13 Apr 2022
On Tuesday, the U.S. State Department ordered nonessential employees at the U.S. Consulate General in Shanghai, China to leave the city due to increasing restrictions related to COVID-19.
Harrison Li is the son of Kai Li, a U.S. citizen serving a 10-year sentence at Qingpu Prison in Shanghai. He says the U.S. Consulate’s latest order comes despite the Consulate having done “next to nothing” to advocate for the most vulnerable Americans in Shanghai: the incarcerated.
According to Li, the Consulate was informed last week that prisoners at Qingpu would not be able to make phone calls until further notice. This includes phone calls from consular officers, which, since 2020, have substituted for monthly in-person consular visits required by the U.S.-China Consular Convention of 1980.
Li added that the ban on phone calls effectively cuts off prisoners’ only means of communication with the outside world, making it impossible to obtain updates on the well-being of prisoners including his father, who has suffered a stroke behind bars.
“There are widespread reports of ordinary citizens in Shanghai who are unable to procure even basic necessities. I shudder to think of how much worse conditions might be in prison. Because phone calls have been suddenly banned, nobody has any way of knowing, other than relying on the word of the prison authorities, who are incentivized to paint a rosy picture of prison conditions,” Li said in a written statement.
Prisoners at Qingpu are also now being confined to their cells 24 hours a day, 7 days a week. Li says the cell where his father is held holds 12 people in a very small area and lacks any climate control.
Qingpu Prison came under global media scrutiny in 2019 when a Christmas card purchased in the UK contained a note allegedly from a foreign inmate at the prison who claimed to be “forced to work against [their] will” and called for the attention of human rights organizations.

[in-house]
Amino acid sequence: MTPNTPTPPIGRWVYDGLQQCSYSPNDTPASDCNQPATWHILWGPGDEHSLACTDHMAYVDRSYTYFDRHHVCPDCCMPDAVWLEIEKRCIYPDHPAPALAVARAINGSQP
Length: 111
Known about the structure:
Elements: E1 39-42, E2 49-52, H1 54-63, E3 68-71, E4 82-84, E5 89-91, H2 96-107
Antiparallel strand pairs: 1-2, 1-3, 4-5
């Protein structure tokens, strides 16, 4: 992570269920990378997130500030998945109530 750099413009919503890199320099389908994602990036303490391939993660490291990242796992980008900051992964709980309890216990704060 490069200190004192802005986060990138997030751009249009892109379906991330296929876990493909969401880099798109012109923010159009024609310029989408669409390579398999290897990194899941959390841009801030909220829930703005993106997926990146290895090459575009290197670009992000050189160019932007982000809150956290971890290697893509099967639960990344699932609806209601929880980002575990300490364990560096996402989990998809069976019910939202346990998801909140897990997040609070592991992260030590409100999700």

Last November, a bipartisan group of 15 Senators and members of Congress sent a letter to U.S. President Joe Biden urging him to prioritize the release of Kai Li. Congress and Li’s family never received a response.
Shortly afterwards, American Daniel Hsu, who was prevented from leaving China for over four years under an “exit ban”, was allowed to return home in advance of a phone call between US President Joe Biden and Chinese President Xi Jinping.
But Li says there has been little movement on his father’s case, stating that in the November call, President Biden only made an oblique reference to the general issue of arbitrary detention, without bringing up any cases by name. There is no indication his father’s case was raised by the President in any subsequent engagement.
He stressed the need for President Biden to initiate a coordinated, interagency effort to bring home his father and other Americans arbitrarily detained in China. Li said he feels his family’s advocacy efforts on behalf of his father are hampered by government bureaucracy and lack of effective coordination across government agencies.
Li hopes to meet with the President as soon as possible, noting that in March, President Biden met with the family of Trevor Reed, an American and former U.S. Marine detained in Russia.